In an astounding display of the bureaucratic disconnect from reality B.C. Human Rights Tribunal member Enid Marion awarded $475,000 in damages, including a whopping $75,000 specifically for “injury to dignity, feelings and self-respect“, to University of British Columbia (UBC) medical student Carl Kelly.
This is ludicrous. It’s beyond ludicrous, actually. It’s utterly asinine.
Carl Kelly, as specified in the ruling Kelly v. UBC (No. 3), 2012 BCHRT 32, has
Attention Deficit Hyperactivity Disorder – Inattentive Type (“ADHD”). He also has a Non-Verbal Learning Disability (“NVLD”) and has, at times, suffered from anxiety and depression.
On August 29, 2007 UBC determined Carl Kelly was not suited to being a doctor and terminated his enrollment in its medical program.
Carl Kelly immediately filed a human rights complaint, since a “life-long desire” to be a doctor is a “human right’, right? Well, this is British Columbia and as B.C. Human Rights Tribunal member Enid Marion made crystal clear in her ruling,
“I have considered that I can accept some, all or none of the evidence of a witness.”
In other words Enid Marion can decide anything she wants for any reason and discount any evidence before her, for any reason.
Nice… but let me get back to the issue before us.
Not every person is suited to the career of their choosing. That may be sad, but that’s life.
If you unable to learn the material required and fail to perform adequately in your medical rotations even after accommodations are made specifically for you, it is reasonable to draw the conclusion that you are “unsuitable” to be a doctor.
That sucks when your “life-long passion” is to be a doctor, but that’s life unless, of course, you file a human rights complaint in British Columbia. Then the harsh realities of life mean very little.
The facts of this case include the following:
Dr. Carl Kelly entered the FM Program in November 2005 in the rural program. His start was delayed to accord with his graduation from the Undergraduate Medical Program at the University of Alberta (“U of A”).
Dr. Kelly was dismissed from the FM Program on the basis of unsuitability in August 2007 having only partially completed PGY 1 (Post Graduate Year 1).
Dr. Kelly’s first rotation was a paediatrics rotation in Kelowna. This rotation usually consists of two blocks (each block being 4 weeks). Dr. Kelly was only scheduled for six and one half weeks of training in this rotation due to his late start in the program. His performance was rated “fail.”
Carl Kelly, after almost 2 full years, failed to complete his first year of training, including his first paediatrics rotation, albeit a shortened rotation due to his own late start. In the words of the ruling, he failed.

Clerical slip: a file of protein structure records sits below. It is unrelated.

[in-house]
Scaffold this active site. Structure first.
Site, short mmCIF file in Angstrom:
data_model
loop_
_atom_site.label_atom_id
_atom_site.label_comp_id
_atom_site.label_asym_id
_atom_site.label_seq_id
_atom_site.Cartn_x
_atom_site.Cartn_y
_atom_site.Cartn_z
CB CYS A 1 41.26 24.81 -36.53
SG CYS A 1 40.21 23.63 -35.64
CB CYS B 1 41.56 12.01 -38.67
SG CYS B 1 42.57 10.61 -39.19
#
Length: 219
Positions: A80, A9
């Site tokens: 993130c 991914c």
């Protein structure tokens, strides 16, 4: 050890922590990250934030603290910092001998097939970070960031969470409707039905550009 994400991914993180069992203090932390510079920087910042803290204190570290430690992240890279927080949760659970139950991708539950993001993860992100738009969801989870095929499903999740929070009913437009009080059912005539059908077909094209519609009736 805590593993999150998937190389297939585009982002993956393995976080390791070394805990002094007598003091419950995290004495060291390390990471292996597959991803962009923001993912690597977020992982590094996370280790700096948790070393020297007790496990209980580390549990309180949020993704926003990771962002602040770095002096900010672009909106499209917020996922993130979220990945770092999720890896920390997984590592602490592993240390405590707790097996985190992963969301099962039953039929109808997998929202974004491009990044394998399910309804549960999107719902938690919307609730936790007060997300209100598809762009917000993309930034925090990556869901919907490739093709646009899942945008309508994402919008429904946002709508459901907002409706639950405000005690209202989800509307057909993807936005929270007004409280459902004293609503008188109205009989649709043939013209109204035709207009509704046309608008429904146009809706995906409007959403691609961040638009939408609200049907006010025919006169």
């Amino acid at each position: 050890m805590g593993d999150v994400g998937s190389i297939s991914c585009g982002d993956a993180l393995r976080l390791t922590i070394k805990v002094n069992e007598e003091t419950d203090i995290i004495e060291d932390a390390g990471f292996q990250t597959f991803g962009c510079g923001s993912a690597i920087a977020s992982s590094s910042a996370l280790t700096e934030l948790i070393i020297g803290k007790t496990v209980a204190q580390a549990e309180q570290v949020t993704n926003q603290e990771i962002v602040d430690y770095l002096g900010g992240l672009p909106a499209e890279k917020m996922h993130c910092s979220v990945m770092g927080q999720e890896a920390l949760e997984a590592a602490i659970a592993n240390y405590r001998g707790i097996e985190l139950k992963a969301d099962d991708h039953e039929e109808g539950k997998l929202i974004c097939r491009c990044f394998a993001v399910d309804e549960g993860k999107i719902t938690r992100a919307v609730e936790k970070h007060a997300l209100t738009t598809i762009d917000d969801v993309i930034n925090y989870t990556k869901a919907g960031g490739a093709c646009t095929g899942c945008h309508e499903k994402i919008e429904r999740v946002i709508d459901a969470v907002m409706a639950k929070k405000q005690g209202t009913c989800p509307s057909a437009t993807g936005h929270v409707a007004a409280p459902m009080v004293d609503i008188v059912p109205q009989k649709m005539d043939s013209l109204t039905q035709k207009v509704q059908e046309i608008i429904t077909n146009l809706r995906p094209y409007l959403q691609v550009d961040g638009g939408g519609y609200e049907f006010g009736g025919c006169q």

The word unsuitable could easily be used in place of failed, won’t you agree?
Dr. Kelly was then scheduled for two blocks of family medicine at the UBC clinic in Vancouver. This rotation was extended to almost five blocks.
Extending Carl Kelly’s family medicine rotation over twice its normal duration seems like one heck of an accommodation to me. Moving him from his assigned rural training location of Kelowna to Vancouver seems like another. These accommodations tell me UBC wanted Carl Kelly to succeed and made great strides to see that he did, even though his performance continued to be poor.
In January 2006 Dr. Kelly’s preceptors raised concerns about his performance which were discussed at a Site Directors meeting.
Around this time, Dr. Kelly’s Director of his Residency Program, Dr. Carl Whiteside, advised Dr. Kelly that he had not passed his first rotation in paediatrics at Kelowna General Hospital. Dr. Whiteside discussed with Dr. Kelly undertaking his training in Vancouver so that he could access a more structured learning environment.
Dr. Whiteside suggested Dr. Kelly see Dr. Mike Myers, a psychiatrist with a speciality treating physicians. Finally, Dr. Whiteside requested an assessment of any difficulties Dr. Kelly experienced during medical school so that accommodation of Dr. Kelly could be considered in the FM Program. Dr. Kelly gave his consent for Dr. Robert Drebit, from the U of A, to release this information to the FM Program.
By March 2006 the Site Directors had determined that Dr. Kelly was not suitable for continued training in the rural program. This decision was based on learning styles observed by the rural preceptors in Kelowna and by preceptors in the UBC Clinic. At a meeting of the urban Site Directors on March 15, 2006 the Site directors considered these observations. The Site Directors determined: